Back in 2015 the Ecostage project was initially met with a lot of enthusiasm and support from across the industry. It was, however, hampered by technical issues with the website and started to lose some momentum. Then, at the SBTD’s roundtable on sustainability, organised earlier this year as part of the Staging Places exhibition, Andrea made a very strong case for relaunching the Ecostage project with a new website and updated principles. Mona Kastell, Ruth Stringer and I joined her to form a new team which, although it has the full support of the SBTD Sustainable Design Group, is entirely autonomous. Ecostage is intended for everyone in the performing arts sector, not just designers, and not just UK-based practitioners, so it’s important not to be affiliated with one area of practice.

We have been working to renew the principles and develop a website concept that encourages pledgers to be part of a network, so they can support each other and share their experiences, particularly through case studies. We’ve more recently been joined by Hannah Myers and Michaela Field, to help us crowdfund the new site. This is to pay for a website builder, hosting and other related costs. (All of us are working on a purely voluntary basis, I should add.) We hope to get the website built in the autumn: we’ll start as soon the crowdfunder has ended.

The pledges themselves are, we believe, absolutely right for these complex and troubling times. They place concerns about the environment within a broader ethical context, reflecting the fact that social and environmental justice are profoundly and inextricably connected, and that our current economic and political systems are themselves driving the climate emergency. So our principles encompass commitments to diversity, confronting privilege etc, alongside things like reducing carbon footprints and waste. We’ve been working hard to update the 2015 versions, and we’ll be getting them peer-reviewed soon by colleagues from around the world.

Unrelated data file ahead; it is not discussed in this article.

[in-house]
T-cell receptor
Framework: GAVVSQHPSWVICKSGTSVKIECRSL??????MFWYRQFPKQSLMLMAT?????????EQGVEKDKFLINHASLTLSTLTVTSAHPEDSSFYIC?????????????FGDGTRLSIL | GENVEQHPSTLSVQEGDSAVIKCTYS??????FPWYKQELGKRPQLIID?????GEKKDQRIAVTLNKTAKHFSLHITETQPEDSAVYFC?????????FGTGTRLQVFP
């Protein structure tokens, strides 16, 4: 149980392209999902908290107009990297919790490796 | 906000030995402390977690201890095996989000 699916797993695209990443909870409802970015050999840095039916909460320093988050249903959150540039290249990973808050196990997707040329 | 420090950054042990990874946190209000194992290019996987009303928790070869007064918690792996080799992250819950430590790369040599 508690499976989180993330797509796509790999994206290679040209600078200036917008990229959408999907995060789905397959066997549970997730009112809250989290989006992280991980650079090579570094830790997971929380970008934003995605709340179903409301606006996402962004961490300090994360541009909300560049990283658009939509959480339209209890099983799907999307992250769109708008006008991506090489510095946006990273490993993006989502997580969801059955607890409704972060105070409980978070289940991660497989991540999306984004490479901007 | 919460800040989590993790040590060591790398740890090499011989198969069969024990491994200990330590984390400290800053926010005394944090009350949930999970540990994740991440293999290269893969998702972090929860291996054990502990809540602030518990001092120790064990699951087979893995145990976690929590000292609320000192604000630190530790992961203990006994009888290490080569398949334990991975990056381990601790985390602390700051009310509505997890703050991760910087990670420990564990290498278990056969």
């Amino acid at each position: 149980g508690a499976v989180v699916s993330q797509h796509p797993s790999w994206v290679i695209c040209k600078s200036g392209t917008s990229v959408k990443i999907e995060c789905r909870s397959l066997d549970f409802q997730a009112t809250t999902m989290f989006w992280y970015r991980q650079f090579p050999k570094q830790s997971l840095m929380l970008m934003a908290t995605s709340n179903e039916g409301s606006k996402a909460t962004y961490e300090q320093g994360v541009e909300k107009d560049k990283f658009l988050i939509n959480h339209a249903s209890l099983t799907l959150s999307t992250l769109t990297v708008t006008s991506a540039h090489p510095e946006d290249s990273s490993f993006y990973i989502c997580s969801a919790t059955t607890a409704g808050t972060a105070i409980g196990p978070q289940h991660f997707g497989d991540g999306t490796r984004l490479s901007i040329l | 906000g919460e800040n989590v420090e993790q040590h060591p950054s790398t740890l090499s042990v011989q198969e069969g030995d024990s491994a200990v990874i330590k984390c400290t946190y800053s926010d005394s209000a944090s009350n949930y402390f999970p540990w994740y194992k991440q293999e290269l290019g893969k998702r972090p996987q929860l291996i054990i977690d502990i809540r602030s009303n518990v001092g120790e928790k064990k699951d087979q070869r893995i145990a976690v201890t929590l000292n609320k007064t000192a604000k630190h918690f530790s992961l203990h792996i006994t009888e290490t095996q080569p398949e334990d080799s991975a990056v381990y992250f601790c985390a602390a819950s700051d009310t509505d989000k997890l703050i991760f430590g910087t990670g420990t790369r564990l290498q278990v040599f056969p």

How can I get involved?

Well, I’m glad you asked! You can read more about the Ecostage project on the crowdfunding page. There’s a holding page for our website where you can download a copy of our press release, and you can find us on Instagram, Facebook and Twitter. I hope lots of SBTD members will be keen to pledge to the principles once the new website is up and running. In the meantime, do please donate if you can. If every SBTD member gave £10, that would be the website build covered. If you can’t, please help us spread the word. This is not an idle plea: we’ve only recently started building up a social media presence and we really do need help from all our colleagues in this amazing community to provide Ecostage with the reach it surely deserves. Thank you!

Ecostage: Designers Turning the Performing Arts Green
Photos: Ruth Stringer, Paul Burgess, Andrea Carr and Mona Kastell.

Paul Burgess is a set, costume and video designer. His practice has taken him from Shakespeare’s Globe to Hanoi, Islamabad, New York, and a disused nuclear bunker in Siberia. He regularly designs for Deafinitely Theatre and is a mentor on Deafinitely’s HUB scheme for young deaf creatives. He’s a member of the SBTD Committee and Sustainable Design Group, has taught at various universities, and is artistic director of Daedalus Theatre Company. www.paul-burgess.co.uk